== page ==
Custom Cerakote by High Caliber Firearms

Tucked in a small one light town called Alamo just north of the one and only Kalamazoo Michigan sits High Caliber Firearms.


The stone faced storefront houses a cozy interior reminiscent of a hunting cabin. A fireplace centers the store. A few trophy whitetail hang on the wall to the right, over top a couple cases holding a small handgun selection. The wooden wall ensconces two long gun cases, split by a door, that hold a couple dozen rifles and shotguns. Many are on consignment looking for a new home.


It’s a quiet small town gun store. It houses some very talented custom gunsmiths. They’ve restored two flood wrecked firearms of mine, an older Marlin 336 and a Mossberg 5500, to complete operation. I honestly thought they were done for.



Probably their most impressive service, but far from their only one, is custom Cerakote.

For anyone unfamiliar, Cerakote is a high durability ceramic base firearm finish that comes in a variety of colors. It’s proper application to firearms adds increased resistance to abrasion, corrosion, moisture intrusion, UV wear, and can lower visible and non visible signature.

It’s a great option for refinishing firearms in base colors. High Caliber is happy to do so. But they can do so much more with Cerakote if you want.

I’d toyed with the idea of getting a gun done for awhile. The patterns and layering are an involved process. It’s time intensive to do correctly and keep operating tolerances, exponentially more so as you add colors and pattern complexity.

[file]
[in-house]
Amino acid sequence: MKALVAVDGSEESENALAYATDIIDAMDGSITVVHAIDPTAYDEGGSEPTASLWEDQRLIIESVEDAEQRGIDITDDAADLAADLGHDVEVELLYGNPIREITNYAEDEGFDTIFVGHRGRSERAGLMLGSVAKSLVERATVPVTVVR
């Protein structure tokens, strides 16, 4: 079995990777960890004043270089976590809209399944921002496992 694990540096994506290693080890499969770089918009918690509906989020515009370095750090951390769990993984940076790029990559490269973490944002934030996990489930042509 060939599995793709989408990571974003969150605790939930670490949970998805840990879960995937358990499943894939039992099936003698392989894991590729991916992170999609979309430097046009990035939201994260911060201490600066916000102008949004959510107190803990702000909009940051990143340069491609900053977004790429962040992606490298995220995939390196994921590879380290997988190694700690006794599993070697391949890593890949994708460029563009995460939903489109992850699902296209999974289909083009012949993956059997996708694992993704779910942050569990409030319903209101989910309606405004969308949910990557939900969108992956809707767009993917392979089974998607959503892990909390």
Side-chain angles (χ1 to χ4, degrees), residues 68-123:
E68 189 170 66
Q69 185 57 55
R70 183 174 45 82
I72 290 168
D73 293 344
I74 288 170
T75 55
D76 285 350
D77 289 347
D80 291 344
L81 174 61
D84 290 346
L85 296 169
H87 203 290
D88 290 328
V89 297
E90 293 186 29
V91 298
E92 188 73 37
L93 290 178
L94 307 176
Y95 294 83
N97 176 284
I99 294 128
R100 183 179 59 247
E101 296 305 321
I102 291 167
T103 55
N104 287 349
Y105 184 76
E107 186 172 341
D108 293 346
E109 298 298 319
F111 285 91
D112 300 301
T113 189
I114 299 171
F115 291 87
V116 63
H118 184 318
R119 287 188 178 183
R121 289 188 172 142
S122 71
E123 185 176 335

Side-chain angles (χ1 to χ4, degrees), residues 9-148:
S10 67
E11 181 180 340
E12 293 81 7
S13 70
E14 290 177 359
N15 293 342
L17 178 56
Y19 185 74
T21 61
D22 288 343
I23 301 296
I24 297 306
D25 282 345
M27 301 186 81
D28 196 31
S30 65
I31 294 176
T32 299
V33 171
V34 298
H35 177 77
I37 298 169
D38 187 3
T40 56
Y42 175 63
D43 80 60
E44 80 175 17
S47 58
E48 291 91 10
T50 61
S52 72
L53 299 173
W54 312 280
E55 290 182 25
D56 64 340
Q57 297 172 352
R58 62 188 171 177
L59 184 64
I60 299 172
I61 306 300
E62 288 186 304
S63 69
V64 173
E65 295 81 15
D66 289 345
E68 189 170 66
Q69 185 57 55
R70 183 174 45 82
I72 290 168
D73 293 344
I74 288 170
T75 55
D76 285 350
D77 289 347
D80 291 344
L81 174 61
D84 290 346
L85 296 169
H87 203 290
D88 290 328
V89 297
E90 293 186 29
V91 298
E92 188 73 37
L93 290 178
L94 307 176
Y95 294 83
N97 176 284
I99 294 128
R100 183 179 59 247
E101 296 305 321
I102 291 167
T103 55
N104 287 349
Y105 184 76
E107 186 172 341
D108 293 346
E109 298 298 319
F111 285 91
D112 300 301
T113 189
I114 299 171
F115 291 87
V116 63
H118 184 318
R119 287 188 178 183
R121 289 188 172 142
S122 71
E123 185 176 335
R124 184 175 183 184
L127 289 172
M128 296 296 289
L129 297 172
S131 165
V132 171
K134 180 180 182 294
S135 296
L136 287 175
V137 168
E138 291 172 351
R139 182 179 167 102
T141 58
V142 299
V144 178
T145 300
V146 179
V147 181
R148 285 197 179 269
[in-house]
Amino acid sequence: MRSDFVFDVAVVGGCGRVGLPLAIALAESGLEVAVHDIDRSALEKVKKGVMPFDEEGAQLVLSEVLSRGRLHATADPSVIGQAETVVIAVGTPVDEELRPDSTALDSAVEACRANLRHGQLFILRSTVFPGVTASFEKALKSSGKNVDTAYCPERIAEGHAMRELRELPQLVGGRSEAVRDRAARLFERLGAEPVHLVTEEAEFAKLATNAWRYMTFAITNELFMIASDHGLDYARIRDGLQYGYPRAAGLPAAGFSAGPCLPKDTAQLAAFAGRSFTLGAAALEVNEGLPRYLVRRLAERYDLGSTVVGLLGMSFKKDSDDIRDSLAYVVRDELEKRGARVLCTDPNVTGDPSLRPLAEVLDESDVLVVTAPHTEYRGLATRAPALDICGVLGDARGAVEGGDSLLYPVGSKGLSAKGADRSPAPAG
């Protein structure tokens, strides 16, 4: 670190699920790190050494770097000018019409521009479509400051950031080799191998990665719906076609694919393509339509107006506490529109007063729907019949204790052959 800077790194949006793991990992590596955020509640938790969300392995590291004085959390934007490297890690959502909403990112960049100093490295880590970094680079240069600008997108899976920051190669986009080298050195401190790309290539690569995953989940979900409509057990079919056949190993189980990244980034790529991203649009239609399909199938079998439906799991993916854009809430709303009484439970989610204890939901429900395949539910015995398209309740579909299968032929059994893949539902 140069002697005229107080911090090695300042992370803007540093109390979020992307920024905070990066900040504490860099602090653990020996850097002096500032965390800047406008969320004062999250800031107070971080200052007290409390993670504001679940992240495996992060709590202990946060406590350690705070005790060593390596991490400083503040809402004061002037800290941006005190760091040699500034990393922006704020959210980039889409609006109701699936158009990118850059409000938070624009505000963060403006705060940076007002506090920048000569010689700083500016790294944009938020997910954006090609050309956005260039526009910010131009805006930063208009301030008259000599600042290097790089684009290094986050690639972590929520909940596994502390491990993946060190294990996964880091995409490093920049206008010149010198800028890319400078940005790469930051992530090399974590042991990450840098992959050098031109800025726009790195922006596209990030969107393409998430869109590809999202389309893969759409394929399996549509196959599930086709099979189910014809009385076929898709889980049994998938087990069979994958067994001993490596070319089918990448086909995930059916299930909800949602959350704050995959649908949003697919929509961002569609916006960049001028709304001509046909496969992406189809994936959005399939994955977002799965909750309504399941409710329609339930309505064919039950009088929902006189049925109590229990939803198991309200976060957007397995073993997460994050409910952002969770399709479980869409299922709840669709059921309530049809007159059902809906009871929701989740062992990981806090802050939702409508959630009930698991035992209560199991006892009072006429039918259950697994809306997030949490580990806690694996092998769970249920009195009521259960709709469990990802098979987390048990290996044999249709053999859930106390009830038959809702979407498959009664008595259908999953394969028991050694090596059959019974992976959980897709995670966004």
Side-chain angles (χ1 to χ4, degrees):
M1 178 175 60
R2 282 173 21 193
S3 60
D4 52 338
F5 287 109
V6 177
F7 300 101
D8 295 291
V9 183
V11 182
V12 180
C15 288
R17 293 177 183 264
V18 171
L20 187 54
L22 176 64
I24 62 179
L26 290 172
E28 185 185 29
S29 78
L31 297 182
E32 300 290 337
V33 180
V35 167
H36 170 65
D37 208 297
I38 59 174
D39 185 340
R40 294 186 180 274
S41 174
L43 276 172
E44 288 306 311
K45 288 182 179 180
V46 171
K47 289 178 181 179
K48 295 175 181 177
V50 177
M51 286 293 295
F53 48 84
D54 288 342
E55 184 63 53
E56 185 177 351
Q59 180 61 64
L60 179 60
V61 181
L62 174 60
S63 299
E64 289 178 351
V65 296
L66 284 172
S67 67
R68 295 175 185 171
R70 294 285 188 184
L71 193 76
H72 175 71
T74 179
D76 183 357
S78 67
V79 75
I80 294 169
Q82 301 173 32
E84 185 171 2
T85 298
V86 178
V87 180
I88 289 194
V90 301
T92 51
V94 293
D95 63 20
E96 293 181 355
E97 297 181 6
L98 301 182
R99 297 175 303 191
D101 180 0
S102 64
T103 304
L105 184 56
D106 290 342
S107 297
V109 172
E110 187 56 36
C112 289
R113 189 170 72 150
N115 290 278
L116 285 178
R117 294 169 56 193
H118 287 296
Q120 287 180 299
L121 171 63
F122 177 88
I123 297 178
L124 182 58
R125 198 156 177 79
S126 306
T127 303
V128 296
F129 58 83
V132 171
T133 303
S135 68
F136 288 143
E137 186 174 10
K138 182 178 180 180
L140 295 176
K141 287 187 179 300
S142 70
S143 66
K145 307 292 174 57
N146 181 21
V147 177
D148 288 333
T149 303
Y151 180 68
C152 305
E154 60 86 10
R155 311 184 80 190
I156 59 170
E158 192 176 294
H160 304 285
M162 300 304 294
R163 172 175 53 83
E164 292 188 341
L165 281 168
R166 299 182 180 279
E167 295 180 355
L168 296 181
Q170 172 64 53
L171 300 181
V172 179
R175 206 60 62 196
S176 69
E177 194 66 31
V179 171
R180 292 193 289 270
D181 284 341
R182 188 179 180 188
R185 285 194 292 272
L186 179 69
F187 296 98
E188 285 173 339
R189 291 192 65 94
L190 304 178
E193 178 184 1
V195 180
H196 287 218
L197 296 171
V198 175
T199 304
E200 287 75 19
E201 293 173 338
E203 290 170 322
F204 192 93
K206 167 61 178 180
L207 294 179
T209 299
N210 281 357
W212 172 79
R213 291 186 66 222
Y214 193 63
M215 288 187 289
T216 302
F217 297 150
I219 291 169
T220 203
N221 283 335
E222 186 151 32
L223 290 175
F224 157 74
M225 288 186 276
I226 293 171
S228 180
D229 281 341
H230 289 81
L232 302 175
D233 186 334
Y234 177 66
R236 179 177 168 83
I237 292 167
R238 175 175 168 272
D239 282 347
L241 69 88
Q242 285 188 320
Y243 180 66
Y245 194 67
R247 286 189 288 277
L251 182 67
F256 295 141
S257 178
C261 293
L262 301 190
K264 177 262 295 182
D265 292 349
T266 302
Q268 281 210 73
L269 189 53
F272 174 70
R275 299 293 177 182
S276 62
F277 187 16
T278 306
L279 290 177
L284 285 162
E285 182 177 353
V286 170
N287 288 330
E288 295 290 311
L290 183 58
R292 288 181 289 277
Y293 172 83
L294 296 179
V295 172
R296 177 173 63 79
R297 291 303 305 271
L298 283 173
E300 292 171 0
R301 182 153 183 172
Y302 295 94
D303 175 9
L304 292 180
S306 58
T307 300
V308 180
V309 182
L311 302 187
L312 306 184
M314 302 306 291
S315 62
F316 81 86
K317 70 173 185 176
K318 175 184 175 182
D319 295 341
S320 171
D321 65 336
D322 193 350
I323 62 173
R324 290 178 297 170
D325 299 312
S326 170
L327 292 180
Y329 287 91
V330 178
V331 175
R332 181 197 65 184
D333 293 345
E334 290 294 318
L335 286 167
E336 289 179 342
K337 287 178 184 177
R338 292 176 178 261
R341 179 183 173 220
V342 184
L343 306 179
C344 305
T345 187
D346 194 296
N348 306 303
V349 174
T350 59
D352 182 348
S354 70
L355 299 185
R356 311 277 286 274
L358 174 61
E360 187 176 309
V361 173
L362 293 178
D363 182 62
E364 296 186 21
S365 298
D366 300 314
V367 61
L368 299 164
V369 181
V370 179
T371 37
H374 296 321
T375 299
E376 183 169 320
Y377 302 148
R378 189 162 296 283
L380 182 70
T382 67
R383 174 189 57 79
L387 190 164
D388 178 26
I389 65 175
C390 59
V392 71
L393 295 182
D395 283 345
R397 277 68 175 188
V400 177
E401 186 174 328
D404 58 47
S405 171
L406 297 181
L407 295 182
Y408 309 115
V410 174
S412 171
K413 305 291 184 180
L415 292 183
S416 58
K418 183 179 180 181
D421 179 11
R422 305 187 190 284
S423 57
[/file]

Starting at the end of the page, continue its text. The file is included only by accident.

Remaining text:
Had to get the logo too.

So naturally when I did give someone a Cerakote project I made it as challenging as possible. I’m fun like that.

I wanted a MarPat digital camouflage pattern. The squared off disruptive camouflage of my Marine Corps holds a special place of nostalgia for me and I didn’t really have anything else so why not. I wanted desert MarPat but the guys at High Caliber later suggested urban colors instead. Cerakote will not adhere well to flexible polymers like the SB Tactical Brace and so traditional Desert MarPat would’ve suddenly changed to straight black.

I liked the suggestion.

The color scheme was laid out with Graphite Black, Battleship Grey, and Glock Grey.

Now imagine the complexity of the task I’d set before the High Caliber team. In classic Marine fashion, I told them to make a square peg fit through a round hole.

I’m not kidding.

Cerakote is sprayed on. Spray does not form into nice block shapes. It does like to bead and run if not carefully applied.

So use of a stencil is necessary. Stencils work well on even square surfaces.

Look at all the even square surfaces. No curves or sharp angles at all…

I handed them what may be the tightest collection of changing angles and curved surfaces assembled on a carbine. Even MP5 magazines can’t be just a box. To keep the block pattern even and not look stretched or distorted over the changing surface took exceptional attention to detail.

Square pegs… round holes…

High Caliber accepted the challenge and they delivered as promised. Beyond promised. The team told me that the rcomplexity of the pattern and firearm may not turn out and we might have to go a new direction.

RAL8000 (The German Flat Dark Earth) would’ve be an alright second option, but I wanted my Urban MarPat .

As I burn some rounds through it and wear on the gun and magazines we’ll get a long term durability report. As of now I’m confident it will stand up, even in the next MP5 class.

Check out the some more of HCF’s Cerakote work and if you need something done give them a call.

Keith is the Editor-in-Chief of GAT Marketing Agency, Inc. A USMC Infantry Veteran and Small Arms and Artillery Technician, Keith covers the evolving training and technology from across the shooting industry. A Certified Instructor since 2009, he has taught concealed weapons courses in the West Michigan area in the years since and continues to pursue training and teaching opportunities as they arise.